The Providence Journal (New Zealand): Hot market in Asia consuming greater share of liquefied gas. Energy companies are scrambling to increase inventories as world demand for LNG soars. “However, on Thursday, a consortium led by Royal Dutch/Shell Group that is developing gas reserves off Russia's Sakhalin Island said in Moscow that it had struck a $6-billion deal to supply LNG to North America.”: “Shell, which is building the Energia Costa Azul terminal near Ensenada in Baja California with Sempra Energy, is the buyer of the gas.” (ShellNews.net)
01:00 AM EDT on Sunday, October 17, 2004
Asia's shortage of liquefied natural gas used by power plants is driving up prices and prompting producers such as Nigeria and Trinidad to redirect supply earmarked for the United States before the start of winter.
Asia's inventories of LNG fell faster than expected after an unusually hot summer in South Korea, Japan and Taiwan caused a surge in use of the fuel to power air conditioners, delegates to the Gas AustralAsia Pacific 2004 conference in Perth, Australia, were told last week.
"The Asian spot market is very tight," said Park Jae Young, a manager in the LNG trading team at Korea Gas Corp., the world's biggest buyer of the fuel. "We need to build up inventories to meet winter demand and we are intercepting cargoes that were originally intended for other regions."
The direction of global LNG shipments shifted two months ago, said Andy Flower, a United Kingdom-based independent LNG consultant.
In the three months ended July 31, Australia, Malaysia and the Middle East sent 13 cargoes to the United States, totaling 740,000 metric tons, Flower said. In August, at least seven cargoes, or 350,000 tons, were delivered from Nigeria, Trinidad and possibly Spain to Northeast Asia, he said.
"There has been a big switch-around between the early part of the northern summer and the last couple of months," Flower said. "Korea Gas and the Japanese utilities are building stocks, which have been depleted during the summer. If the winter is cold, then they will be in the market for more LNG."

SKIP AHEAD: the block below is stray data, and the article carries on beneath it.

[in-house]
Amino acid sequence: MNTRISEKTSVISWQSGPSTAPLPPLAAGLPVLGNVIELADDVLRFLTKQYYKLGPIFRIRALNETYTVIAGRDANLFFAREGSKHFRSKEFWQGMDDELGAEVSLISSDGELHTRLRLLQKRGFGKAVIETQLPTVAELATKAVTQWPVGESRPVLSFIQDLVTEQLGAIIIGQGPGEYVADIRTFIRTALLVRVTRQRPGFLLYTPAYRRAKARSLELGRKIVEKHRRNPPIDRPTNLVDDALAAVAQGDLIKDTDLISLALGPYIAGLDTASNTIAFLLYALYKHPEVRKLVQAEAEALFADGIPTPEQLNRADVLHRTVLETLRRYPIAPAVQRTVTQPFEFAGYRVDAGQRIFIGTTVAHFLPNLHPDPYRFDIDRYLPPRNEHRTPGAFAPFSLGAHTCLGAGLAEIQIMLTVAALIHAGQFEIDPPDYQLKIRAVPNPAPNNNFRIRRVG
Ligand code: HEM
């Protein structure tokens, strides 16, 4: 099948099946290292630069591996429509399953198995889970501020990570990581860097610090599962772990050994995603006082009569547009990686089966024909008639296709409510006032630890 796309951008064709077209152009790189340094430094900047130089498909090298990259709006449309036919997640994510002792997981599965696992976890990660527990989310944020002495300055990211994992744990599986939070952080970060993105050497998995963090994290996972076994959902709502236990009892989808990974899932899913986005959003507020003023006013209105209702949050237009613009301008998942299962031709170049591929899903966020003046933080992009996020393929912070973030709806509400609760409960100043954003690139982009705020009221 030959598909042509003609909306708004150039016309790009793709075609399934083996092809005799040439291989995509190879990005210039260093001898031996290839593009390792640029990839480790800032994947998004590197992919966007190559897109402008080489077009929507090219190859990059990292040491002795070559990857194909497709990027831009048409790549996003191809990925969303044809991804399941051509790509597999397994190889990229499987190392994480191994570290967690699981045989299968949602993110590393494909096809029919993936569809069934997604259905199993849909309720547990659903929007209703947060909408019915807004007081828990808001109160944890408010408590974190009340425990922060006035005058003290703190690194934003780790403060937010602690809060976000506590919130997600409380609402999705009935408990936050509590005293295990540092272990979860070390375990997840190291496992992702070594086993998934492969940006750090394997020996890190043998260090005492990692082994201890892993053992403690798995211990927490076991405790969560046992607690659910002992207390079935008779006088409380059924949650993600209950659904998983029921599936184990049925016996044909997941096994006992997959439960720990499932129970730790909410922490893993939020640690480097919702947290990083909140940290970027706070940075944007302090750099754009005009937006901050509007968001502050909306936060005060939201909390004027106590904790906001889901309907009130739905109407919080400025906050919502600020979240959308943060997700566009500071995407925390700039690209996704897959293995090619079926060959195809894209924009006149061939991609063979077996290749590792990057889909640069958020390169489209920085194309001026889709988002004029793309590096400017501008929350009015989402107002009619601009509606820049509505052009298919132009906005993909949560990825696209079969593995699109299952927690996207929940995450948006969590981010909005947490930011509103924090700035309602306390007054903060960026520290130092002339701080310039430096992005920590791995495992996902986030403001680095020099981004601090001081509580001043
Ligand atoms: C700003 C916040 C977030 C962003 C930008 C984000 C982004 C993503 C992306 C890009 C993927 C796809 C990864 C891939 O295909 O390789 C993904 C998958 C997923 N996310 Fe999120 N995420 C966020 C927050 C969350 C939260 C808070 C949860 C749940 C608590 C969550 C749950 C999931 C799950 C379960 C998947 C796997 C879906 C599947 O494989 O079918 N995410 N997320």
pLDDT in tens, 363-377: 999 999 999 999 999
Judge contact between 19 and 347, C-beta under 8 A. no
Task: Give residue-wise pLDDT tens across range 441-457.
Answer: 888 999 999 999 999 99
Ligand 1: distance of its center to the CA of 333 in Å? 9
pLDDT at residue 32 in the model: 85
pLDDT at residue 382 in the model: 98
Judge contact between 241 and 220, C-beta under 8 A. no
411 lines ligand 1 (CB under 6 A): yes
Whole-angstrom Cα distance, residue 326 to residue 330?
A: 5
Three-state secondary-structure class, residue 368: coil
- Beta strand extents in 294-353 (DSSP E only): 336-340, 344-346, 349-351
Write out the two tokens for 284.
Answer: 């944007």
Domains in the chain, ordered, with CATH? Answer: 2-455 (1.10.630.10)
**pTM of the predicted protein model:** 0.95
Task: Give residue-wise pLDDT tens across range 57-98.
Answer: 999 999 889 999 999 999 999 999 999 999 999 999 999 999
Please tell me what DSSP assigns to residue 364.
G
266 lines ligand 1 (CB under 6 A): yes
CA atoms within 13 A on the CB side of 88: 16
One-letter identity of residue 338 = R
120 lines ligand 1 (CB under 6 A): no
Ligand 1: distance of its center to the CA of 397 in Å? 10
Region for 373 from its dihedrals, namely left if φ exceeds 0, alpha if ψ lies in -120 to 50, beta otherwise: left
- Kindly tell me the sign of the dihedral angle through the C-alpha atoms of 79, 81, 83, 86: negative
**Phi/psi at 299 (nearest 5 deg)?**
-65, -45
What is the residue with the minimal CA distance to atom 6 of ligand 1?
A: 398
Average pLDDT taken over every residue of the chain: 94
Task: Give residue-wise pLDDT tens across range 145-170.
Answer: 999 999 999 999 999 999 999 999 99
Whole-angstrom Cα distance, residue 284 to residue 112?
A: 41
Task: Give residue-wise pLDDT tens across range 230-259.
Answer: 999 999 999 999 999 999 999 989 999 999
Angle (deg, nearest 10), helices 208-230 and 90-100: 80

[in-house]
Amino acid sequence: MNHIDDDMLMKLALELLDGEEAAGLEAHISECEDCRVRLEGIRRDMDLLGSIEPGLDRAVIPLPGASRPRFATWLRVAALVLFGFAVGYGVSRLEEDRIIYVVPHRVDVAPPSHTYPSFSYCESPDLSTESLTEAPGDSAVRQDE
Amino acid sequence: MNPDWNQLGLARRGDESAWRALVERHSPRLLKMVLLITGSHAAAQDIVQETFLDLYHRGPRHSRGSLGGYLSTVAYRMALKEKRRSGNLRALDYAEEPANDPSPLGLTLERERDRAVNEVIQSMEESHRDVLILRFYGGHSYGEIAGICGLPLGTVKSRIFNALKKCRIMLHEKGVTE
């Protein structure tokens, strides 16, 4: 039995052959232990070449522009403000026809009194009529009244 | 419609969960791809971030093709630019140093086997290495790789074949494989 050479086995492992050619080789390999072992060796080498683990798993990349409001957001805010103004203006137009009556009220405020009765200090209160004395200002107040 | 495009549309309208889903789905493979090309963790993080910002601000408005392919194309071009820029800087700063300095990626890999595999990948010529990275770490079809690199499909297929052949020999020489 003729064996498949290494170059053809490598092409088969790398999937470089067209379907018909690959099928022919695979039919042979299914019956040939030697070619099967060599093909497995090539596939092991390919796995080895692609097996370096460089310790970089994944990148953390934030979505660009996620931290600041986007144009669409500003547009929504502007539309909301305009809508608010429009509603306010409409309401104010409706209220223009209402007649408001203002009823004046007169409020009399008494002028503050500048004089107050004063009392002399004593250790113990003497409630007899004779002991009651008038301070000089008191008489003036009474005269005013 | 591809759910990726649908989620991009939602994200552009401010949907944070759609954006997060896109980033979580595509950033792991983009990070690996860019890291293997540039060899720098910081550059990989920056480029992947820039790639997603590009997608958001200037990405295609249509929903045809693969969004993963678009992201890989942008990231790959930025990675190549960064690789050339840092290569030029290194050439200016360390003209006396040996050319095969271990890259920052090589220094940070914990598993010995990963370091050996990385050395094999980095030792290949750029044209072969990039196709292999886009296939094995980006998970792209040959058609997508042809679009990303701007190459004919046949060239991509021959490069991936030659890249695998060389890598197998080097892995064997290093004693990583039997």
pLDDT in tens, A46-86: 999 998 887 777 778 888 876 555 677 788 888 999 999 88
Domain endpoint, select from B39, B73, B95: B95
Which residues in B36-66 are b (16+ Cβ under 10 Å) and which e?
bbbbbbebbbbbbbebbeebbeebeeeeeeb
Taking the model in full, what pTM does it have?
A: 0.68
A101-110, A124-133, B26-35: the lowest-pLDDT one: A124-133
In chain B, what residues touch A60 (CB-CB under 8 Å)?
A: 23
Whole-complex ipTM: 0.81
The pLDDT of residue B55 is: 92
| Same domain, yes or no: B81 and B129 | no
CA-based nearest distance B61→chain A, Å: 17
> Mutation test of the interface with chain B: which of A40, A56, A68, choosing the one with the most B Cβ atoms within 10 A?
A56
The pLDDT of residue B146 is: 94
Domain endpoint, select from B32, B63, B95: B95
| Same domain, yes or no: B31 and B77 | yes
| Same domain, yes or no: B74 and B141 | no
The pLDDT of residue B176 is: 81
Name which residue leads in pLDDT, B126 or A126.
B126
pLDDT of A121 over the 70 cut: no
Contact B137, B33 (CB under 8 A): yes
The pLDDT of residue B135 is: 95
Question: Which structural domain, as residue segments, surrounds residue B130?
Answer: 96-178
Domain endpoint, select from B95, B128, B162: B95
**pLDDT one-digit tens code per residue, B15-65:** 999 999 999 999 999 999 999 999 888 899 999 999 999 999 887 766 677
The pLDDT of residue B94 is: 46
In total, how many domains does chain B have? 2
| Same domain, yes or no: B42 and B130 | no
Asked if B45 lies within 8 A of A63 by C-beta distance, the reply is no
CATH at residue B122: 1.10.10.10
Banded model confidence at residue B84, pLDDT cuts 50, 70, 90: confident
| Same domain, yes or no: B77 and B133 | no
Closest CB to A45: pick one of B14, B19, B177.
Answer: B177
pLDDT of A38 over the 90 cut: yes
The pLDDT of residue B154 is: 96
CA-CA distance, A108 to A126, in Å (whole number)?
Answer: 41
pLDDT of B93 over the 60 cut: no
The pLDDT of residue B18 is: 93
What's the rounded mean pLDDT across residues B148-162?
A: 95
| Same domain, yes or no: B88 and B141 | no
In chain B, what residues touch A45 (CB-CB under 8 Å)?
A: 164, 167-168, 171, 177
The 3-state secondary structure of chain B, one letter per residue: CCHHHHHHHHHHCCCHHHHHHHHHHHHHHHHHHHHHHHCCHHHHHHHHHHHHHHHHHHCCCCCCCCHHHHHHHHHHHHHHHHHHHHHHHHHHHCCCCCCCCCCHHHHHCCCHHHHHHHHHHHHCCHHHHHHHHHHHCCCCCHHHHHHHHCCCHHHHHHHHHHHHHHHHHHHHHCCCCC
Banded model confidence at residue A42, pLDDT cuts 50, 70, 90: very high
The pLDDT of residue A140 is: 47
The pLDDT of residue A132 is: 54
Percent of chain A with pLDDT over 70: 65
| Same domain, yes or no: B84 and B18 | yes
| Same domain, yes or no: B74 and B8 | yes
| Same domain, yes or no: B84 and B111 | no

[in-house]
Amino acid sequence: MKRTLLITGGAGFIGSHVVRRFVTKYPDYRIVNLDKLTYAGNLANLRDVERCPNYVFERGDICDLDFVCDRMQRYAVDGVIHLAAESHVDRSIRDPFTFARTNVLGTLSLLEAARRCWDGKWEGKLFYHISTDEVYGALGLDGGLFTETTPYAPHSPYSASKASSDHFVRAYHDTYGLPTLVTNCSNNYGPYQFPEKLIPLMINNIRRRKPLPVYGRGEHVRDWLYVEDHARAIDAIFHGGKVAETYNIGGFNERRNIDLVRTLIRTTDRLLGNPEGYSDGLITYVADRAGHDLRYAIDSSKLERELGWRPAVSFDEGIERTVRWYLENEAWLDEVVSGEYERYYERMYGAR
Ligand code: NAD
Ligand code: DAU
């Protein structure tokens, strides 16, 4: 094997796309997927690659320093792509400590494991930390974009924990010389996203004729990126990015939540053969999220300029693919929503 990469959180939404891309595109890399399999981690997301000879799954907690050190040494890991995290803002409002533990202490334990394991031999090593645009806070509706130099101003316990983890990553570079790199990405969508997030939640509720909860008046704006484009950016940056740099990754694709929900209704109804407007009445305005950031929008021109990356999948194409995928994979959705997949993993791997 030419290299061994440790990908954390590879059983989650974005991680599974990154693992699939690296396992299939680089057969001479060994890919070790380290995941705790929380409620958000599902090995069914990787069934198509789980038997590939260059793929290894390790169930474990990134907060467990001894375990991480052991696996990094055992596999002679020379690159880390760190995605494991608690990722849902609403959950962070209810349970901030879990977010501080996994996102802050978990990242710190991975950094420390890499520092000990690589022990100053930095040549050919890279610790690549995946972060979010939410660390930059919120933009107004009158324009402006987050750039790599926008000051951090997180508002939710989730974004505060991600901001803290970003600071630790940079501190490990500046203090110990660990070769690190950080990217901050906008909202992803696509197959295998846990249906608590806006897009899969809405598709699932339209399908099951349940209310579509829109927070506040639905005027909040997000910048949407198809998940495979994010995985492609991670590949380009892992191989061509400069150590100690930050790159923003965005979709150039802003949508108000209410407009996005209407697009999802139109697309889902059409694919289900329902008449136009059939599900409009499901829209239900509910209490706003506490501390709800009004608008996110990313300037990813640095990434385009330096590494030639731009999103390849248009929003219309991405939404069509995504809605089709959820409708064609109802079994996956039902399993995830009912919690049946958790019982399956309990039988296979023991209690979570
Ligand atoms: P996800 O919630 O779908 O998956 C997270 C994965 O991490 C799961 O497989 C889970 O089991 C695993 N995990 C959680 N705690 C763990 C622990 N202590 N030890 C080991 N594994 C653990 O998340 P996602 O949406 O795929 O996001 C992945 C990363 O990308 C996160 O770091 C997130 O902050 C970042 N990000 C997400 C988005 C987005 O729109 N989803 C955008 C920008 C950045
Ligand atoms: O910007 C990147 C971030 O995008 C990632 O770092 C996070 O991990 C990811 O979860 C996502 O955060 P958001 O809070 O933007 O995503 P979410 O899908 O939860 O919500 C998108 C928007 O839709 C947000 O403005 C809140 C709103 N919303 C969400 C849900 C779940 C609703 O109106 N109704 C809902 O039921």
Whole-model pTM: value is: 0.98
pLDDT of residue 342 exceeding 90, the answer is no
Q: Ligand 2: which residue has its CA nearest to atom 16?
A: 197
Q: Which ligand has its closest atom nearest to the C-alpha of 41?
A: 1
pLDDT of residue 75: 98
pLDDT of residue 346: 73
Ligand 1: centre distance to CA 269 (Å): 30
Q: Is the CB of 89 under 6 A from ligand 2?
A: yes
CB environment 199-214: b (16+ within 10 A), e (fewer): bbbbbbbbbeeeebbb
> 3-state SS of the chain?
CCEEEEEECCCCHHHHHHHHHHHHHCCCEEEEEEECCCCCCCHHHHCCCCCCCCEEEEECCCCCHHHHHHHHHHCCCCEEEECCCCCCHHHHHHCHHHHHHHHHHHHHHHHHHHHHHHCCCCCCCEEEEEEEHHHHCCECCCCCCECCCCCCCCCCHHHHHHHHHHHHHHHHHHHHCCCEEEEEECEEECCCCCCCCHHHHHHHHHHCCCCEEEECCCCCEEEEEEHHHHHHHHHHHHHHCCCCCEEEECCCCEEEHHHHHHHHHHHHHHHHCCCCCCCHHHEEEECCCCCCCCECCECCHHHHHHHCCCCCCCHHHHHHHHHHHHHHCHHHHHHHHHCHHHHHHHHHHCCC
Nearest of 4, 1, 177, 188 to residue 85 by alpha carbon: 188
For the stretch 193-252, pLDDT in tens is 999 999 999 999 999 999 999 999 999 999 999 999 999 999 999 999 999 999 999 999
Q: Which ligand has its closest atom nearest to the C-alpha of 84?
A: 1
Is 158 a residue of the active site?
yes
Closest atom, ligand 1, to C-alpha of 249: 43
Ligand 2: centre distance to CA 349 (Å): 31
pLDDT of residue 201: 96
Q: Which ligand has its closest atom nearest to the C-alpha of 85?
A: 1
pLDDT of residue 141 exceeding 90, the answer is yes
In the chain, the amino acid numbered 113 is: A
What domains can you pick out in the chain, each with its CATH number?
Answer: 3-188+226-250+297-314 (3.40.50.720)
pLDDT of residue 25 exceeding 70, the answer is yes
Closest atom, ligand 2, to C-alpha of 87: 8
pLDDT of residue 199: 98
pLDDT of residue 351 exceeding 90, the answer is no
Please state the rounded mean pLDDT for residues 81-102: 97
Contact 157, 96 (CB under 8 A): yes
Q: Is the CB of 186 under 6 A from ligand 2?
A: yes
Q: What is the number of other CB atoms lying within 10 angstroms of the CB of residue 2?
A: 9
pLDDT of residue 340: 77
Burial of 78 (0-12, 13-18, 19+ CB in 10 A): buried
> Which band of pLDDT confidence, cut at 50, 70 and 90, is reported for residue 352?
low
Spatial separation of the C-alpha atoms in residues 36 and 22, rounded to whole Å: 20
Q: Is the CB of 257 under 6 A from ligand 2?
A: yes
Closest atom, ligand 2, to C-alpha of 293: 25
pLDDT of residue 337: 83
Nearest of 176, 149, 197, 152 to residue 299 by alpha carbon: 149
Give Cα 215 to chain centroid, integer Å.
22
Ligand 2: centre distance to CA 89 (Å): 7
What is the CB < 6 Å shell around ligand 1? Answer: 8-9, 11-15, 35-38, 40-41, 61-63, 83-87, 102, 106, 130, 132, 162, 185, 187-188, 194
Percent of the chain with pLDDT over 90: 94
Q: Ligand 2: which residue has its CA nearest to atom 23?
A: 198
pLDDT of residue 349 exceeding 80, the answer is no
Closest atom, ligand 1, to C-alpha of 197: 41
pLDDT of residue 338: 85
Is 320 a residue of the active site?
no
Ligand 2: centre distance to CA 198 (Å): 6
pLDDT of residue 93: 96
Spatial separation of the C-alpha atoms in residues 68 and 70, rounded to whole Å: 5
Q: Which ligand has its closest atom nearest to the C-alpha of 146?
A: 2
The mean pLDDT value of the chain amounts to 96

However, on Thursday, a consortium led by Royal Dutch/Shell Group that is developing gas reserves off Russia's Sakhalin Island said in Moscow that it had struck a $6-billion deal to supply LNG to North America.
Sakhalin Energy Investment Ltd., operator of the Sakhalin-2 project, said it signed an agreement to ship 40.7 million tons of LNG to a regasification terminal in Mexico. Shell, which is building the Energia Costa Azul terminal near Ensenada in Baja California with Sempra Energy, is the buyer of the gas.
The deal is the first that would funnel Russian LNG to the United States.
In addition, BP PLC, Europe's biggest oil company, and partners in Indonesia's Tangguh LNG project will start to deliver as much as 3.7 million metric tons to to the planned terminal in 2008, Indonesia's oil and gas regulator BPMigas said in a statement.
BP and San Diego-based Sempra signed the 20-year sale contract in California on Thursday, the statement said.
BP also signed a lease-option deal last week with the Port of Galveston, Texas, giving the company three years to conduct environmental-impact and economic feasibility studies on 185-acre Pelican Island, on the north side of the Galveston Channel, for a receiving terminal and regasification plant.
BP plans to build a $600-million project that would unload imported LNG from ships and convert it into 1.2 billion cubic feet of natural gas each day. Before it can move forward, BP must win myriad permits for everything from air quality to marine impact.
Elsewhere, Egypt agreed last week to send its first tanker of LNG to Europe in December, as the nation drives to increase oil and gas exports with rising demand for energy pushing prices to their highest level in decades.
A first shipment of 600,000 metric tons will leave the Spanish Egyptian Gas Co. liquefaction plant around Dec. 10, bound for Spain. The plant will start production in November.
Natural gas demand in Spain more than tripled in the past decade, as more customers join the pipeline network and power plants are built that rely on the fuel. Spain has no significant natural gas reserves of its own, and so must import supplies.
Japan and South Korea are the two largest LNG importers in the world. Asian demand for LNG, mostly burned in power stations, rose 9.3 percent last year to 82.8 million tons, according to BP's Annual Statistical Review of World Energy.
Japan imported spot LNG cargoes from Nigeria and Trinidad this year to meet increased demand after nuclear reactors were shut down for safety inspections and summer temperatures rose.
Taiwan's imports may more than double by 2010, while South Korea's imports are projected to rise almost 90 percent by 2015, to 33 million tons, from their 2002 levels, the Australian government's commodities forecaster said in June.
Unless Korea Gas signs more multiyear purchase contracts, it may have to buy more LNG in the spot market, the forecaster said.
Global LNG trade could more than double to 280 million tons a year by 2010, requiring the industry to build four or five new production lines a year, David Maxwell, a director of Woodside Petroleum Ltd.'s gas business unit, said in Houston.